Here is an nice piece written by Rou el Shimi about legal and political barriers to women’s full participation in these spheres of life in Egypt: http://rowanelshimi.wordpress.com/2011/03/06/what-women-want-in-new-egypt/
I particularly like her response to a comment about the use of Sharia law. Rou backs a secular legal system can provide rights for all, no matter what religion:
“I believe law, politics and religion need to be completely separate. That is to ensure equality of people of a nation, not only in terms of gender, but also more importantly different religious beliefs.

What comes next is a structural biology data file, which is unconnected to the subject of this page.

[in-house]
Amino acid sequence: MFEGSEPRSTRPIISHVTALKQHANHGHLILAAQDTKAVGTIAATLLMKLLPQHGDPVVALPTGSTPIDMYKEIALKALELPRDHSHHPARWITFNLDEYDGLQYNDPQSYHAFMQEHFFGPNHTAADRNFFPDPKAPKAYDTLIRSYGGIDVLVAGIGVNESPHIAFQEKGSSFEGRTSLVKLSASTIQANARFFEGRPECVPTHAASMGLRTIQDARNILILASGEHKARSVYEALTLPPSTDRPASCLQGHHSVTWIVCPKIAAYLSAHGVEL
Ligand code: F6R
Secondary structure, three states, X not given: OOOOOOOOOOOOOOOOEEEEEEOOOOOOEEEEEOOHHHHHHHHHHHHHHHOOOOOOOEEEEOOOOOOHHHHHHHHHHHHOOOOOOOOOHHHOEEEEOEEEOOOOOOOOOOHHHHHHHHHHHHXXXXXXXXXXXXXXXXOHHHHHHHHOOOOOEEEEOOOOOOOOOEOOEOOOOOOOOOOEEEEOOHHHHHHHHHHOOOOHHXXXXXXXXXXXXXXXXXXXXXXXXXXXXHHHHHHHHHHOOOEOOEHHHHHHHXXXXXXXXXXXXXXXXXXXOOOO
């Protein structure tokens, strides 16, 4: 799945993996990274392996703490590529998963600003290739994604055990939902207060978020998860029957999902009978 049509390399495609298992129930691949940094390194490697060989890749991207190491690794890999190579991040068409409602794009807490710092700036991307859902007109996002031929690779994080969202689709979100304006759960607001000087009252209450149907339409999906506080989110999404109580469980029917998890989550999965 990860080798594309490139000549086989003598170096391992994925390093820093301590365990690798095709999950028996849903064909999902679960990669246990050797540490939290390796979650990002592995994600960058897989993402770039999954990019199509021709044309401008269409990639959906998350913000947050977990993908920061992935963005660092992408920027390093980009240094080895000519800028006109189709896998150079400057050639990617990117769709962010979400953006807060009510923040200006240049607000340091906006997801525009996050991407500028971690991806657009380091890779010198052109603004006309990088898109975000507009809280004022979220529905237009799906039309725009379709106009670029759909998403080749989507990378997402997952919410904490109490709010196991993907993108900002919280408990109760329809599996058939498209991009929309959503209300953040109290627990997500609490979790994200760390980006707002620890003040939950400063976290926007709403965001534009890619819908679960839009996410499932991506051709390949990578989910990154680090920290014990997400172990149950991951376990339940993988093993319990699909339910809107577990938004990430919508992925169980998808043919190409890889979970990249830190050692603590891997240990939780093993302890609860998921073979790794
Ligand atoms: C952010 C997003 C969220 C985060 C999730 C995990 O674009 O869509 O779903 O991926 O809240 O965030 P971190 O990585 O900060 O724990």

When Sharia law is applied in Egypt, women who want to divorce end up with two options if they wish to divorce: either the husband divorces her (not her divorce him if she wishes) and the most recently introduces “Khol3″ which gives a woman an option out (only if a judge will agree with her case) and it gives her no rights that come with divorce except child support in case she is with a child. For this example, and for the case of equality I believe Sharia is not a law you can apply to an entire country that includes all kinds of religious backgrounds. Egypt, in my opinion, should be a civil secular country, where everyone is free to practice religion in any way they see fit, and laws are civil, that apply to everyone.”